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UConn Law Holds Panel on Second Amendment and Gun Control

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On Friday, UConn School of Law hosted a panel discussion about the second amendment and gun control in the wake of high-profile tragedies like the Newtown school shootings. 

The student-run journal, The Connecticut Law Review, organized the day-long panel at William F. Starr Hall on the Hartford campus.

Connecticut's Governor Dannel Malloy gave opening remarks. He told the audience of legal scholars and practitioners that Connecticut supports the constitutional right to own firearms but he says no right is without its limitations.

Malloy said the tragedy at Sandy Hook Elementary School almost one year ago plunged the state into the debate on guns and gun control. He recounted the stricter gun regulations he signed into law earlier this year. But he told the audience made up of legal scholars and practitioners that those who believe there should be no limitations on the second amendment are wrong.

Malloy said, "I think there's a long history and body of law in the United States that demonstrates they're wrong. In the 1930s, machine guns were the weapon of choice for mobsters. We collectively decided that machine guns should be illegal for private possession in the United States. We don't see machine guns being used in the U.S. in crimes. We did for some time after the ban was initially implemented but theres' a reality about what happens to those kinds of weapons once they become illegal."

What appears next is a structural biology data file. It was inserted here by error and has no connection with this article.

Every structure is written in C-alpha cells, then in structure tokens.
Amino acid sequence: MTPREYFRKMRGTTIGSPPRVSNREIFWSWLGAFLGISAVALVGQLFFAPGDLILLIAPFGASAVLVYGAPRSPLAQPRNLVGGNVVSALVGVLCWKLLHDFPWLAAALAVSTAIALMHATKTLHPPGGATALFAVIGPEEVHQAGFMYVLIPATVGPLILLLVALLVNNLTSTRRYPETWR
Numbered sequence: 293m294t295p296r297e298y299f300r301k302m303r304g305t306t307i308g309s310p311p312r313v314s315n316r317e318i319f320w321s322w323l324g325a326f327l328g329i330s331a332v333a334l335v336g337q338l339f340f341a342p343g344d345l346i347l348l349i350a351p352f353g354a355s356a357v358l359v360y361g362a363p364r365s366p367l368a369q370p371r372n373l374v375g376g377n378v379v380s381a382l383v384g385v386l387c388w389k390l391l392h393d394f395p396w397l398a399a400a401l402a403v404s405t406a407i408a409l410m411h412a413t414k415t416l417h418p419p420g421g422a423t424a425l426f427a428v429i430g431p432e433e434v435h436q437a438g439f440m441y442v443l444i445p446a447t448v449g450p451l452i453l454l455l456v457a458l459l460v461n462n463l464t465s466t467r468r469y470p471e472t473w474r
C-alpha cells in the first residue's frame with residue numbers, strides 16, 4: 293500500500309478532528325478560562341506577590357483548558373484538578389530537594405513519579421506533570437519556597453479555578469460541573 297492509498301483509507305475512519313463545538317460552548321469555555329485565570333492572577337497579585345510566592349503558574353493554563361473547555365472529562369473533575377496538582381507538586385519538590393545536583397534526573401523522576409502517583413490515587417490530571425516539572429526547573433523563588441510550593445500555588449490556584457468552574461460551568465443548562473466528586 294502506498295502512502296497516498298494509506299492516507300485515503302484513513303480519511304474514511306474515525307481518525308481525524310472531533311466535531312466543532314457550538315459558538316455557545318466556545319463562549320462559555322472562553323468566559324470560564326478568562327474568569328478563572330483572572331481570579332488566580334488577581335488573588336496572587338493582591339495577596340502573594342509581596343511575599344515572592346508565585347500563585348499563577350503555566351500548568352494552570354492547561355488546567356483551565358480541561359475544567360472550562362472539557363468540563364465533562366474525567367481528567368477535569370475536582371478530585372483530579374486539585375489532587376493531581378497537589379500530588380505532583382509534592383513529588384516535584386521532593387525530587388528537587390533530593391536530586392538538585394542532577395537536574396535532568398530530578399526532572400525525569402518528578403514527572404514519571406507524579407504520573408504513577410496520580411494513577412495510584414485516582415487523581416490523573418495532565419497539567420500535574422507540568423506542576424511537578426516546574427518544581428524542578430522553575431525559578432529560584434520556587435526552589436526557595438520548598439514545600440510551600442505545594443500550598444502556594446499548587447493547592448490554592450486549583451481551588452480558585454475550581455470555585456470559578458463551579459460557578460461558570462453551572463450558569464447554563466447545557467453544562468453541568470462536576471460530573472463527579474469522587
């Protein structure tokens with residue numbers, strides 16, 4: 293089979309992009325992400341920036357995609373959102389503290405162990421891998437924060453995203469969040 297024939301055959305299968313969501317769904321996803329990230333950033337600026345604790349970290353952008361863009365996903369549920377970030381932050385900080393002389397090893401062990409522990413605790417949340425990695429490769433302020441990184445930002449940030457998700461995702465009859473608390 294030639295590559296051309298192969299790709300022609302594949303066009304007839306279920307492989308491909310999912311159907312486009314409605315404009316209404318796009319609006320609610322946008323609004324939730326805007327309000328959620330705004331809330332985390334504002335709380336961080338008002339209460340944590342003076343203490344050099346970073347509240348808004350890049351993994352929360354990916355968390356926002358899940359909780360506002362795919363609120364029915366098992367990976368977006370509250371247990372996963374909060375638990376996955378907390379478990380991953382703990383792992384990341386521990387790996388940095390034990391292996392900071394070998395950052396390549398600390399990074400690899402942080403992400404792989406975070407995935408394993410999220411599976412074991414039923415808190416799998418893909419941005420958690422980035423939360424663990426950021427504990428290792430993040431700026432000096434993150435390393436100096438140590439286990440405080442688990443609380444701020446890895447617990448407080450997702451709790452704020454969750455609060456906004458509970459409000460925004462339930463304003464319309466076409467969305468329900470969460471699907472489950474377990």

Malloy said states should have the right to decide on appropriate regulations within the context of the U.S and state constitutions. He offered up examples like preventing the mentally ill and violent criminals from owning guns. He said he hopes the federal government will pass laws giving these states the legal framework to prevent certain guns from flowing into their state.

Panelists throughout the day spoke on several issues including legislative response to gun violence and litigating the second amendment. The discussion will be outlined in future journals of The Connecticut Law Review.

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